It’s only when you put up some resistance that they’ll start articulating themselves. You say, “Let’s sit for another hour tonight.” “No, I can’t do that.” “Why not?” If it doesn’t look like you’re really going to sit for an hour, then the mind would just stay quiet. You just accept, “Well, I guess I can’t do that.” Instead, you should say, “Okay, if I don’t get a good reason for not sitting up for an extra hour tonight, I’ll sit up for an extra hour.” Then you start hearing the mind screeching and yelling, and you can listen to what it has to say and to how it says it. Then you can ask yourself, “Do I really want to identify with that voice? Or is it something I’d rather learn how to shed?”

This principle applies in all areas of the practice, but particularly in the meditation. After all, if you don’t push against your defilements, they’ll just push you around all the time. They sneak in, and you assume they’re you, that this is the way you are. You just take it for granted and you end up selling yourself short. Nobody else has to stop you from practice. You’re the one who stops yourself from practicing. And what do you end up with? You end up with the same old stuff day after day after day, and you don’t get to see what a mind with different habits might be like, a life with different habits. You don’t get the sense of ease and refreshment and spaciousness that comes when the mind is not pushed around in those ways, when it can see what’s actually going on inside.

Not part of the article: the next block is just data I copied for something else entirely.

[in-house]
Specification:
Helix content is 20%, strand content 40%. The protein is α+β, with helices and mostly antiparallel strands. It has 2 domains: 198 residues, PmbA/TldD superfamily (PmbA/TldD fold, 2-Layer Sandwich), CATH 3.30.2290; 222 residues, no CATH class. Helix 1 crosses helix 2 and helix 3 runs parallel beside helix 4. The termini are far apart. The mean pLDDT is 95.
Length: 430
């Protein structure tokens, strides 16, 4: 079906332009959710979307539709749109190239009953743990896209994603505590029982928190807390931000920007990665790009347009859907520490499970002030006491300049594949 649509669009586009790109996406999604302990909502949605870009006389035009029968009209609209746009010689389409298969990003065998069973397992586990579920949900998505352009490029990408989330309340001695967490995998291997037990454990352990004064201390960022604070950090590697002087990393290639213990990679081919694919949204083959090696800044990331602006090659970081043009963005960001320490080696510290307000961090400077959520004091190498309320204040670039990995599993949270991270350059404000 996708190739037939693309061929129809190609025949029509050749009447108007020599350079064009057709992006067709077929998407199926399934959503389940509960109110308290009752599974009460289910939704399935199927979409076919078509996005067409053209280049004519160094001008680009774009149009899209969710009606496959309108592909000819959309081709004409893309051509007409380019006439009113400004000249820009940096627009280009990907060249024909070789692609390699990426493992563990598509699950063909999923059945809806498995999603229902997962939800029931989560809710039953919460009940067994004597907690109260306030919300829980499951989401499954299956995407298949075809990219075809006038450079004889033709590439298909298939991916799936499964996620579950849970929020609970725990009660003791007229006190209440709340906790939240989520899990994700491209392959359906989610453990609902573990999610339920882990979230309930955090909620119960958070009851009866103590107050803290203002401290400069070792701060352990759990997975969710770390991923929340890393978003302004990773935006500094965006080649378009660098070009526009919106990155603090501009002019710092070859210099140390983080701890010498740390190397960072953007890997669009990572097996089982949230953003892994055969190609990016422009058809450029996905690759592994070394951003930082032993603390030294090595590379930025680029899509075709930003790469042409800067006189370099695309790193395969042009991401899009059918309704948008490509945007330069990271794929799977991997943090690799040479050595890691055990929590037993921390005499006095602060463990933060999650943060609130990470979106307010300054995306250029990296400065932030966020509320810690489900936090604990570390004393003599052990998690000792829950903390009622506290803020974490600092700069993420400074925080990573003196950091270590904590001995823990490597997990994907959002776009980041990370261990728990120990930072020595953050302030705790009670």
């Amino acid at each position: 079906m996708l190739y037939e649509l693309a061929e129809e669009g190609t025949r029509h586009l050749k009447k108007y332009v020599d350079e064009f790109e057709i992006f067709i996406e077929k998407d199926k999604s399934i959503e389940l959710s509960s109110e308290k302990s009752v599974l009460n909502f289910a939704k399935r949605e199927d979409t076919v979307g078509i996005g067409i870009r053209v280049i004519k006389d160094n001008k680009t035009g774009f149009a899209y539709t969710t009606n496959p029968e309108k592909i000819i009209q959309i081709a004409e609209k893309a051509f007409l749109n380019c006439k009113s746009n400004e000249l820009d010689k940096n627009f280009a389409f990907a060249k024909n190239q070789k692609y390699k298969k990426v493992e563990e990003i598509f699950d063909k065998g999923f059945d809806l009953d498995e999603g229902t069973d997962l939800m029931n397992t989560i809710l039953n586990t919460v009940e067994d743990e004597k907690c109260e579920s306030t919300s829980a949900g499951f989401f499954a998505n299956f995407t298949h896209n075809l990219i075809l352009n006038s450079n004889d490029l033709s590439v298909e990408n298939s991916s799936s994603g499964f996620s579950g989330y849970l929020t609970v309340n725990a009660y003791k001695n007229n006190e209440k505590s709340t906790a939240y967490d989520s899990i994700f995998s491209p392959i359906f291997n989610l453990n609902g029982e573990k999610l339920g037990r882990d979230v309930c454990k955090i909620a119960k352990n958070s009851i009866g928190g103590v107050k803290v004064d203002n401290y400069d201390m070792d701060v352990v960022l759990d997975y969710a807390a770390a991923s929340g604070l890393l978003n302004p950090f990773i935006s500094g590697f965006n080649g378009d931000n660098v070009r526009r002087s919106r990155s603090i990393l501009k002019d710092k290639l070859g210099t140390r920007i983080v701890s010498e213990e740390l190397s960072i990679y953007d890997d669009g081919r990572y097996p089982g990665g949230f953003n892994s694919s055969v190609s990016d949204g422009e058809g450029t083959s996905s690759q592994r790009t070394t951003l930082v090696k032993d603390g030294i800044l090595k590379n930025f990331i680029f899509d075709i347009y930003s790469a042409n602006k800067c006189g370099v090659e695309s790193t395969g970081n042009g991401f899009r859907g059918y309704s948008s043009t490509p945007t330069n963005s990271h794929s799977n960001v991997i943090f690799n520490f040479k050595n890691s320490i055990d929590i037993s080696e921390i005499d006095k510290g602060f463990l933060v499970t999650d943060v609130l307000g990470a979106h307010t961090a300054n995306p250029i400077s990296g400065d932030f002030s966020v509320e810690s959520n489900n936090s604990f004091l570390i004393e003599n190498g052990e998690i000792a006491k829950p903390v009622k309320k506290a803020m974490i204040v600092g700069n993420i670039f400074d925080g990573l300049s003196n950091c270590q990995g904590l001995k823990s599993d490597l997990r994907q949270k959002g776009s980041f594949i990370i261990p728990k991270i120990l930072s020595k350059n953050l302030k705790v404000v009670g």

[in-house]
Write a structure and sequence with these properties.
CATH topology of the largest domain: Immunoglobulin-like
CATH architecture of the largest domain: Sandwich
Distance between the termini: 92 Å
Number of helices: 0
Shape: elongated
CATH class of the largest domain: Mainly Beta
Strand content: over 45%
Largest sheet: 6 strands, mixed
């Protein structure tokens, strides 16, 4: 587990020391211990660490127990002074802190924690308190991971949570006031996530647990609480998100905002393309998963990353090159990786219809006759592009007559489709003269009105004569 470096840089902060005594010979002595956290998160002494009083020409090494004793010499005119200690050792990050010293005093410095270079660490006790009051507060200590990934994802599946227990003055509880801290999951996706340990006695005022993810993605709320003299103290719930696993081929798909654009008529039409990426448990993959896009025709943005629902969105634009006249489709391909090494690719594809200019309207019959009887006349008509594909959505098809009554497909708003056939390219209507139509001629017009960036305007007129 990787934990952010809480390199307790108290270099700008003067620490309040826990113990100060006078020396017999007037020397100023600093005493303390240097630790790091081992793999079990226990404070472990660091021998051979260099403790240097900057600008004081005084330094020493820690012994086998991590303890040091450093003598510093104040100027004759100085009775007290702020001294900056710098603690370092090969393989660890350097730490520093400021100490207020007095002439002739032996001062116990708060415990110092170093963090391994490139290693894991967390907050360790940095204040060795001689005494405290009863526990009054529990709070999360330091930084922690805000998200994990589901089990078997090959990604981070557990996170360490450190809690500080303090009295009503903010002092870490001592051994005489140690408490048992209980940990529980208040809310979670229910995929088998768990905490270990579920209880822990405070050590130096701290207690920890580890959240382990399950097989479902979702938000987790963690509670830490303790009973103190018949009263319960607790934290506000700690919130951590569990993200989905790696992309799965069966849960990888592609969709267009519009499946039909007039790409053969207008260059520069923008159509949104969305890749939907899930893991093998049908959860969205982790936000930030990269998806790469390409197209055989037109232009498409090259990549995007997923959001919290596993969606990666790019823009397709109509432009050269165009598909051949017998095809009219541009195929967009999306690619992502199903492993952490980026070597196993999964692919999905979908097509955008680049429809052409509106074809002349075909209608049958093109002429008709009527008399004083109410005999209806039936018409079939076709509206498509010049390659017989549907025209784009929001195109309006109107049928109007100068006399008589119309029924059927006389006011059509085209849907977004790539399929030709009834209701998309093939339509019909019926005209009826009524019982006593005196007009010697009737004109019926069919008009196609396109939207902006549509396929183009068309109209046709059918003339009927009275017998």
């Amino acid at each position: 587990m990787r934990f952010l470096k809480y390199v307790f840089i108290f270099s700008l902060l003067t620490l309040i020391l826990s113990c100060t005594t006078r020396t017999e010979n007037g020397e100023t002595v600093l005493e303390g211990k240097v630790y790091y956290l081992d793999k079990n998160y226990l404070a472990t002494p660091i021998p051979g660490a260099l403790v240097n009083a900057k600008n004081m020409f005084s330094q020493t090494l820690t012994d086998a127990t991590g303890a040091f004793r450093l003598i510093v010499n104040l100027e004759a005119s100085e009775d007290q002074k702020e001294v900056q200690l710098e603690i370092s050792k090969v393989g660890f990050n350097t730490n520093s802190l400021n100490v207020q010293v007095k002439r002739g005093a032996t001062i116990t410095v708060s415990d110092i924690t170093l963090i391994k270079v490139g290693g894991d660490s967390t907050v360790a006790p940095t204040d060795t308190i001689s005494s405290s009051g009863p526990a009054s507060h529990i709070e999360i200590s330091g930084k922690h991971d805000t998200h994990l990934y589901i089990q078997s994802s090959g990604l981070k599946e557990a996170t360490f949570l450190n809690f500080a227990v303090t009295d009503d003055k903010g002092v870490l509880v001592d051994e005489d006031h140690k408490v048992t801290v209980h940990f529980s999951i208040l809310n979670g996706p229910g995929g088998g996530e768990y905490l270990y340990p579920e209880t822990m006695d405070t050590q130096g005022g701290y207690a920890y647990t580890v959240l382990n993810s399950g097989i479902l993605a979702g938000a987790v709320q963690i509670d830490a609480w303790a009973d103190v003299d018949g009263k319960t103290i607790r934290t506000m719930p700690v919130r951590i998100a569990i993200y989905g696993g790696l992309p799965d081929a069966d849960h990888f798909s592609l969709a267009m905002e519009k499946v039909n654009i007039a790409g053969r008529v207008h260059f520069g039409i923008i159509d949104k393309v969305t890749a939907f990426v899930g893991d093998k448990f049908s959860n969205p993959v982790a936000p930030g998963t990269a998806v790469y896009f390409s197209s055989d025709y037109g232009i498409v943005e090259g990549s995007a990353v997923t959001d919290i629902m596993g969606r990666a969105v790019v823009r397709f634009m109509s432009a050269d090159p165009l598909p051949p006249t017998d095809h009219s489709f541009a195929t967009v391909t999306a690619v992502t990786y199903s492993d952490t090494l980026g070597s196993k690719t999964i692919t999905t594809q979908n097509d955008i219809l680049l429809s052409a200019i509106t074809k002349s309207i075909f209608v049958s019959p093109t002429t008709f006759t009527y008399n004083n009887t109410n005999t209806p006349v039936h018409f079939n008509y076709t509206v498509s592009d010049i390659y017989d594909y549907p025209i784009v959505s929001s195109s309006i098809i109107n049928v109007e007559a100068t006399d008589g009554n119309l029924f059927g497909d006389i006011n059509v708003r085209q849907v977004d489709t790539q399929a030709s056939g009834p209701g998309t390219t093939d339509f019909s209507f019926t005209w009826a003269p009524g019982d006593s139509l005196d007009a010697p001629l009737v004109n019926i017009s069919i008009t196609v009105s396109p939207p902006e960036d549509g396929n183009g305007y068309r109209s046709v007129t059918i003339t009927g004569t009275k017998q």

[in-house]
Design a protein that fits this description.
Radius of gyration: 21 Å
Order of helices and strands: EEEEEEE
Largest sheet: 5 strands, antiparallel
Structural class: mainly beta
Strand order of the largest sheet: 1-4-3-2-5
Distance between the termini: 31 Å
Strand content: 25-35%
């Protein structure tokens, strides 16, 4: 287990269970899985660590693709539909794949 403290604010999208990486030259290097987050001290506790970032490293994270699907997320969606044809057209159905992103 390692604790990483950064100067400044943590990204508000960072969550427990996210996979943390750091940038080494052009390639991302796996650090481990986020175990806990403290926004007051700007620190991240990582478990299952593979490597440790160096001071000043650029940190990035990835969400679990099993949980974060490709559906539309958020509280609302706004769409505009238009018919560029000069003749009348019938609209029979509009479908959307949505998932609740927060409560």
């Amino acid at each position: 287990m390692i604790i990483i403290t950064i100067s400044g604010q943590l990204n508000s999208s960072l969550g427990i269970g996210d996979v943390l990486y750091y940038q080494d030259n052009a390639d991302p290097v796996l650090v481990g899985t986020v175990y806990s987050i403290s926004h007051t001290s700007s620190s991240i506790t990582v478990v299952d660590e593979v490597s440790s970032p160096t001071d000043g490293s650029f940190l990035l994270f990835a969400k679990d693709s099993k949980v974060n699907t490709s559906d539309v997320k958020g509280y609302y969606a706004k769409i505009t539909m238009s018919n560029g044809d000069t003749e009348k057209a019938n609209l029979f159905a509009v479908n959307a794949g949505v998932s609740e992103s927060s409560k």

This is one of the trickier parts of the hindrances: When they arise in the mind, we tend to side with them without even thinking. Lust arises: “Yeah, that object I’m lusting for, that person I’m lusting for is really attractive. Anybody would be attracted by that.” Or there’s somebody you’re really angry at: “Of course, that person has done something that anybody in his or her right mind would be angry about.” When you feel sleepy, “Oh, it’s a sign the body really needs to rest.” When you’re anxious, the things you’re worried about really are worrisome. The things you doubt really are doubtful. In other words, you go along with the hindrance without even thinking. You take it for granted that that’s the way things are.